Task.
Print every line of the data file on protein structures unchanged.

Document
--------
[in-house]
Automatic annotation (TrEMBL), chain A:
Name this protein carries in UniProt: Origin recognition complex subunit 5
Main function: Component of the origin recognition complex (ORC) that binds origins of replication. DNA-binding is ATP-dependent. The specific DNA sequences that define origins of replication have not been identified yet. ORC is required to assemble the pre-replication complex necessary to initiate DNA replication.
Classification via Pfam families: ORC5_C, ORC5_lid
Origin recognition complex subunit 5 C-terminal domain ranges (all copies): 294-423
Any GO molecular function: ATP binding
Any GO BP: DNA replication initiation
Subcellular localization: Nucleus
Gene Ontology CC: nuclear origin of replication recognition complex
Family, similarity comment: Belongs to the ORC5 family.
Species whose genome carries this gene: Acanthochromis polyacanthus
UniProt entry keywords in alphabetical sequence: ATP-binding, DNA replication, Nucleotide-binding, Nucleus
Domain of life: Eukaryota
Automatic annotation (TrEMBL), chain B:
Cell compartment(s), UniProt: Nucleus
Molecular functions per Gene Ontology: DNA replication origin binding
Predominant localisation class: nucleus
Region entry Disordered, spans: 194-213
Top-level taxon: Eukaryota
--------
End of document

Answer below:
[in-house]
Automatic annotation (TrEMBL), chain A:
Name this protein carries in UniProt: Origin recognition complex subunit 5
Main function: Component of the origin recognition complex (ORC) that binds origins of replication. DNA-binding is ATP-dependent. The specific DNA sequences that define origins of replication have not been identified yet. ORC is required to assemble the pre-replication complex necessary to initiate DNA replication.
Classification via Pfam families: ORC5_C, ORC5_lid
Origin recognition complex subunit 5 C-terminal domain ranges (all copies): 294-423
Any GO molecular function: ATP binding
Any GO BP: DNA replication initiation
Subcellular localization: Nucleus
Gene Ontology CC: nuclear origin of replication recognition complex
Family, similarity comment: Belongs to the ORC5 family.
Species whose genome carries this gene: Acanthochromis polyacanthus
UniProt entry keywords in alphabetical sequence: ATP-binding, DNA replication, Nucleotide-binding, Nucleus
Domain of life: Eukaryota
Automatic annotation (TrEMBL), chain B:
Cell compartment(s), UniProt: Nucleus
Molecular functions per Gene Ontology: DNA replication origin binding
Predominant localisation class: nucleus
Region entry Disordered, spans: 194-213
Top-level taxon: Eukaryota